The original settlers at Brushy Creek migrated from Anderson County, South Carolina. Only by coincidence did they settle in Anderson County, Texas. They named the community in which they settled Brushy Creek for the name of a stream that flowed near their homes in South Carolina.

Mr. Elrod recalls that his father once told him it was "wood and water" that caused the Carolinians to settle at what is now known as Brushy Creek.

"The first time I ever crossed the Trinity River and saw the open lands I asked by father why he didn't settle west of the river," the city commissioner recalled. "He said it was 'wood and water' that caused him to set up homestead at Brushy Creek." His father bought a farm from a man named Fain, who had secured the land by patent from the state. Then, there was no way of fencing the flat lands west of the Trinity, and no facilities for plowing. At Brushy Creek there was fine water, plenty of wood, plenty of wild game and enough open land for farming.

Some of the early settlers who helped construct the old Methodist arbor, Mr. Elrod recalled, included:  Jim Elrod, Ben Elrod, John Elrod, George Elrod, M. H. Addington, Abner Carroll, Billy Bell, Daniel Henderson, Billy Herrington, Chesley Murphy, Dr. Charles Murphy, John Evans, Tom Brown, Will Brown, Lusk Evans, Sam Evans and a man named Webb.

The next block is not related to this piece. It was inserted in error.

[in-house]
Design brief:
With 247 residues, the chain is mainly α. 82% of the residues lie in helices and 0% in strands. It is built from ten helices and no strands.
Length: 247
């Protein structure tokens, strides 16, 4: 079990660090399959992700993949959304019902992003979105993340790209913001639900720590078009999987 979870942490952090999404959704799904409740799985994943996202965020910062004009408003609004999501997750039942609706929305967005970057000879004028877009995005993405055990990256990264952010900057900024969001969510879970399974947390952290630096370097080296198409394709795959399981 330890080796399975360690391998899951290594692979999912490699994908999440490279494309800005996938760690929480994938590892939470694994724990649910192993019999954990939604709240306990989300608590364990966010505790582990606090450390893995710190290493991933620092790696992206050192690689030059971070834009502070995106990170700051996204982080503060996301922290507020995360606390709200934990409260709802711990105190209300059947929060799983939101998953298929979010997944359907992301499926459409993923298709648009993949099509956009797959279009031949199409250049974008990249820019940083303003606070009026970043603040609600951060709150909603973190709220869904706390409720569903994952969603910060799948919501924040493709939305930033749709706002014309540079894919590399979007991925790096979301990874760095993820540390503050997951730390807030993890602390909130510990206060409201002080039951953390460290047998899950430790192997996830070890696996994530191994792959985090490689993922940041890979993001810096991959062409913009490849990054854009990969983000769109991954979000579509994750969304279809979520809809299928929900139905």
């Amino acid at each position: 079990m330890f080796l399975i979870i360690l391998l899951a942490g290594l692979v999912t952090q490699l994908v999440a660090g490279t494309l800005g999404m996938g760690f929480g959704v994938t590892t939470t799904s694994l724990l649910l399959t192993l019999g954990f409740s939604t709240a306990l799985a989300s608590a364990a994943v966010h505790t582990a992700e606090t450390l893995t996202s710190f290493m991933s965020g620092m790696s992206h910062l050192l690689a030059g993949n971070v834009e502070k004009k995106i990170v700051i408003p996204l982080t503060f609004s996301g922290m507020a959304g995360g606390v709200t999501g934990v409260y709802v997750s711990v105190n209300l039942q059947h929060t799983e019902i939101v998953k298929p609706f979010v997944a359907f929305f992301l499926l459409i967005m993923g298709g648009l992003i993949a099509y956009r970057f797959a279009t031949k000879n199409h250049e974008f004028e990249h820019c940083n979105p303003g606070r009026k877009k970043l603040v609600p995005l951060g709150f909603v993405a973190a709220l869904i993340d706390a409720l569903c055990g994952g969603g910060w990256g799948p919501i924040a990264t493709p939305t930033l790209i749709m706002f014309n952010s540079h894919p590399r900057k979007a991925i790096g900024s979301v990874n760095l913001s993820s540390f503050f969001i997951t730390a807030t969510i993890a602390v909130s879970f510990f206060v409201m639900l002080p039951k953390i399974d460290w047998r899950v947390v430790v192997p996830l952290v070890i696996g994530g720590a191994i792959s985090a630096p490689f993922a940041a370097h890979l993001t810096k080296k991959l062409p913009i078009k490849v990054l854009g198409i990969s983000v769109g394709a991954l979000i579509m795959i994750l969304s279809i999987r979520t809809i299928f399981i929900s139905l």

From the Mount Vernon community, which was always closely aligned with Brushy Creek residents there were:  members of the Thornal and Rhodes families; Captain James Eastland, a Baptist; Lishey Holland and Chess Pickle, (Elisha Holland and Chesley Pickle) Christians, and John A. Davis, father of Charlie Davis. There were possibly several others who actually helped build the famous outdoor church.

The arbor was not the first church ever built at Brushy Creek. Before 1873 the people had built a church at Olive Branch, a mile east of the community center. It was a union affair, however, used by all denominations. In Olive Branch cemetery today lie the remains of most of the early settlers of the community.

Even after the arbor was erected, the Methodists and Baptists built churches at Brushy Creek. They stand in the woods, both within a few hundred yards of the sheltered altar.

Dozens of pastors have extolled the words of the Gospel from the historic altar. Among them were:  L. M. Fowler, Cullen Booth, Dawson Helpinstill, J. M. Mills, Luker and many others. Rev. Mills died in 1932. Brushy Creek Methodists were long time members of the Kickapoo circuit, which comprised Kickapoo, Brushy Creek, Montalba and Neches churches.  Later, it was a member of the Neches district and Mount Vernon was added to the circuit.

The Brushy Creek arbor today is in excellent state of preservation (1984). While erosion through the years has cut out gullies surrounding it, the old camp meeting site is dear to the memories of thousands.

This Anderson County campground now has a State Historical Marker and is listed on the National Register.

Originally published in The Tracings, Volume 3, No. 2, Fall 1984, Pages 76- 78 by the Anderson County Genealogical Society, copyright assigned to the East Texas Genealogical Society.